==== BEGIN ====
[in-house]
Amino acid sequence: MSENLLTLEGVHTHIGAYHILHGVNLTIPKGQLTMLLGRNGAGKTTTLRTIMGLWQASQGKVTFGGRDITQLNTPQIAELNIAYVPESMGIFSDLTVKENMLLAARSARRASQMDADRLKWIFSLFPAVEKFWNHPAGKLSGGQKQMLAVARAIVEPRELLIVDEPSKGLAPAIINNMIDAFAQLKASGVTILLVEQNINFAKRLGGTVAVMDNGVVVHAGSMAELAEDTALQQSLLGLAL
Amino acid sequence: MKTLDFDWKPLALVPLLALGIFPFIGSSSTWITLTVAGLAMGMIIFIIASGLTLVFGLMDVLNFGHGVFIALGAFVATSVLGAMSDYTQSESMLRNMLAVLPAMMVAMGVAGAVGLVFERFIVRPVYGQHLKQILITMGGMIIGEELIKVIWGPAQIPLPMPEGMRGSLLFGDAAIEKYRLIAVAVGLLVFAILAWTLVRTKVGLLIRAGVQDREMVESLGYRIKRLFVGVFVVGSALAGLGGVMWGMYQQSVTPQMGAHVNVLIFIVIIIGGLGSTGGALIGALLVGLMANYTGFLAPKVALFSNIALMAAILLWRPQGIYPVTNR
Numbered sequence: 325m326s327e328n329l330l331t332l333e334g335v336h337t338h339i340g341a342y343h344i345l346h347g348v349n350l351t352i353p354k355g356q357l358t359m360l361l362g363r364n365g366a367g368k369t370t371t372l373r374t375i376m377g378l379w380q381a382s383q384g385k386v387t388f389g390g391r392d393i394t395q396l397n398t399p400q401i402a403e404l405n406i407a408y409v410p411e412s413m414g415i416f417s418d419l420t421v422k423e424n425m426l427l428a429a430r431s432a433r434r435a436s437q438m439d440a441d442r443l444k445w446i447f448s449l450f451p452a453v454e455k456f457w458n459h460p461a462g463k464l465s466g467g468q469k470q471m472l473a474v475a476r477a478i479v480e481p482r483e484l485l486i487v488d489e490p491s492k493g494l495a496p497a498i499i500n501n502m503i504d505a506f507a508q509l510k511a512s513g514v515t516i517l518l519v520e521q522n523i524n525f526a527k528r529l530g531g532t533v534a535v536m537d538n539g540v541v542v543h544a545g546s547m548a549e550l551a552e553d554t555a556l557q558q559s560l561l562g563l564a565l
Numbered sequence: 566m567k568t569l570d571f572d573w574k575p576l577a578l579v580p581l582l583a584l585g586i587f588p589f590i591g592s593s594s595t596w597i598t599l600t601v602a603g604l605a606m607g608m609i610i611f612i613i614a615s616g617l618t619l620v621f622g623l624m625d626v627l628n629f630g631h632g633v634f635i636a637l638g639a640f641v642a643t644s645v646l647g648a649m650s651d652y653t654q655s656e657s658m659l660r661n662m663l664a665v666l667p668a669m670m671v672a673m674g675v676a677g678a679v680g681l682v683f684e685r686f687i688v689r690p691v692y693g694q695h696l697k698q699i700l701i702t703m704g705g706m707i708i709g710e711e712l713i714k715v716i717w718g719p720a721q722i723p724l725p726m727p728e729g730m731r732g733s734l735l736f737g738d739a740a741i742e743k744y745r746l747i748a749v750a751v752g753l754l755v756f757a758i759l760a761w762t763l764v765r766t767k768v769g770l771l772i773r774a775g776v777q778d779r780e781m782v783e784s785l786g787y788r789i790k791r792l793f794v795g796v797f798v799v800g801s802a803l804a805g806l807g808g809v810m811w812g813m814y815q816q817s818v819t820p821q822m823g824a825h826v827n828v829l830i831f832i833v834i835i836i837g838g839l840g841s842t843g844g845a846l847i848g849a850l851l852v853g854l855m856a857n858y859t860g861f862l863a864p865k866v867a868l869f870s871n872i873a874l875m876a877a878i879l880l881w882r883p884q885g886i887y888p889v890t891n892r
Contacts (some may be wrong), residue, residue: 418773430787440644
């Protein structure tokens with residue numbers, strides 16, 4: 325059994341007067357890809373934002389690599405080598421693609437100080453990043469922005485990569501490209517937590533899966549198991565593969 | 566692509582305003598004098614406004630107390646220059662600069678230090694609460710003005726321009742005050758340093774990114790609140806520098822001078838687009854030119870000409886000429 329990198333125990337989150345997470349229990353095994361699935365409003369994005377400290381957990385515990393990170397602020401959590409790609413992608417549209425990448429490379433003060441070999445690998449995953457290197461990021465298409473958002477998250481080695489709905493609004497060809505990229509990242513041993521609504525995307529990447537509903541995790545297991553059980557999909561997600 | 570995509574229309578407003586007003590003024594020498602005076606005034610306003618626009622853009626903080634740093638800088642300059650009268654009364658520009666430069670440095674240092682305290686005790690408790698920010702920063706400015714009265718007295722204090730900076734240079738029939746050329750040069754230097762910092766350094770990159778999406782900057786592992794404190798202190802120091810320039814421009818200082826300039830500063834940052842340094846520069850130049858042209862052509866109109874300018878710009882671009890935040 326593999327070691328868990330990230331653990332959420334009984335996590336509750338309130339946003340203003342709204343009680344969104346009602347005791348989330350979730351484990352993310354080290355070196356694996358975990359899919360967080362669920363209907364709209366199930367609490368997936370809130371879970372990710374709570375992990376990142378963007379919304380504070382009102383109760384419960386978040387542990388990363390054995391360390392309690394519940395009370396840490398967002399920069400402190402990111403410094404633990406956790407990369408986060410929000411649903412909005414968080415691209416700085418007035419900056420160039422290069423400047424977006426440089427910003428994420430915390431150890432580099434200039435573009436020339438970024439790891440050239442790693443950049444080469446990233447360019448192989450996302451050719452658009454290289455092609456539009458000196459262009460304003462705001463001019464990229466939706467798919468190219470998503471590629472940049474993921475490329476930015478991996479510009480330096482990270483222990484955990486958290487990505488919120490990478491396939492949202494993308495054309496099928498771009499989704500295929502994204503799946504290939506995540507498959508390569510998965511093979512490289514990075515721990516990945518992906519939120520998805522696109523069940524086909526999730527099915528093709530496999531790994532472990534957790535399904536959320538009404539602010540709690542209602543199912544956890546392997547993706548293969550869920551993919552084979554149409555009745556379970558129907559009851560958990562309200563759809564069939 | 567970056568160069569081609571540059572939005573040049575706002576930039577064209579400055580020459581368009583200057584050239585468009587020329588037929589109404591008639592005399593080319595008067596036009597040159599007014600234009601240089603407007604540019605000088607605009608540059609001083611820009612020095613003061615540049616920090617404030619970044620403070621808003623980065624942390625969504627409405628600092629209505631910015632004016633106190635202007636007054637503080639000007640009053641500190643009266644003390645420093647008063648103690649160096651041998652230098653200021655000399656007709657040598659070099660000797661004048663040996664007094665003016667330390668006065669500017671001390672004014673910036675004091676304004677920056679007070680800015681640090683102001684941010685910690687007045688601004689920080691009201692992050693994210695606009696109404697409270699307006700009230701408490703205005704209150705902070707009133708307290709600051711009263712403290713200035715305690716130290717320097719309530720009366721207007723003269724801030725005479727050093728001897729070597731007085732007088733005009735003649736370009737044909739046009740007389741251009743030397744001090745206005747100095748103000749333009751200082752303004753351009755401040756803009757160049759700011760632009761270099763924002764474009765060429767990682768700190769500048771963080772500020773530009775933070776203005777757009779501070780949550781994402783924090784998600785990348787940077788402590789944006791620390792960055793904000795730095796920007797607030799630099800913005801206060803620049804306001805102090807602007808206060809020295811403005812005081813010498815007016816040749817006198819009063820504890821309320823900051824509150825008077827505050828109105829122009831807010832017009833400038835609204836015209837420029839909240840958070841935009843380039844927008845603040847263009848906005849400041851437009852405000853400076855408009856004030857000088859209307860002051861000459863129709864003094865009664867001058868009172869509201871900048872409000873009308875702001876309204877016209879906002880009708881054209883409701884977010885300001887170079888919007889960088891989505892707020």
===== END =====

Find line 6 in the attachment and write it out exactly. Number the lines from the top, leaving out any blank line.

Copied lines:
Contacts (some may be wrong), residue, residue: 418773430787440644